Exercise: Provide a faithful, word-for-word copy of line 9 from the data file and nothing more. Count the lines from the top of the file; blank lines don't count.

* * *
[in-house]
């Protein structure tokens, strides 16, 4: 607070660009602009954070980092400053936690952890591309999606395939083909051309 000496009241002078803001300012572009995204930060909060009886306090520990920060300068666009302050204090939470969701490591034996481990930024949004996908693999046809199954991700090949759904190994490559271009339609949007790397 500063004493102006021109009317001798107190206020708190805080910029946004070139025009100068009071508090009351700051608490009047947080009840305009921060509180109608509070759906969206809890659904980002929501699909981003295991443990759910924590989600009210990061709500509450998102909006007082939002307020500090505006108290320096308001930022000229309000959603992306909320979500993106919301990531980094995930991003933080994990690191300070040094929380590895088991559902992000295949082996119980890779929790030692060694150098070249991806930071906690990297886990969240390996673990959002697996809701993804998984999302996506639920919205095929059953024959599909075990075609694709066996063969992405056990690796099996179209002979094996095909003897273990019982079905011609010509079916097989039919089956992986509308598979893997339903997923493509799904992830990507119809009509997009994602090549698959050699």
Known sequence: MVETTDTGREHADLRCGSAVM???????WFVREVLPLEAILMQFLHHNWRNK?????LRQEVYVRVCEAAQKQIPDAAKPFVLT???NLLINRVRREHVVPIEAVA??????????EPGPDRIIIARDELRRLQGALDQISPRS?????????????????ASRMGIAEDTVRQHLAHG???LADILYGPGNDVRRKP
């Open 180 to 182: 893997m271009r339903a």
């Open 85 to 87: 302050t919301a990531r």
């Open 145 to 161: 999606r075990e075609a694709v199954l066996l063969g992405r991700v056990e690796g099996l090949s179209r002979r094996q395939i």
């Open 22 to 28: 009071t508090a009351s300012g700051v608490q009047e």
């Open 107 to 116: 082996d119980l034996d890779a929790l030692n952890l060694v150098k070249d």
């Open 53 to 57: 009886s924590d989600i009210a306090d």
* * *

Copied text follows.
């Open 53 to 57: 009886s924590d989600i009210a306090d």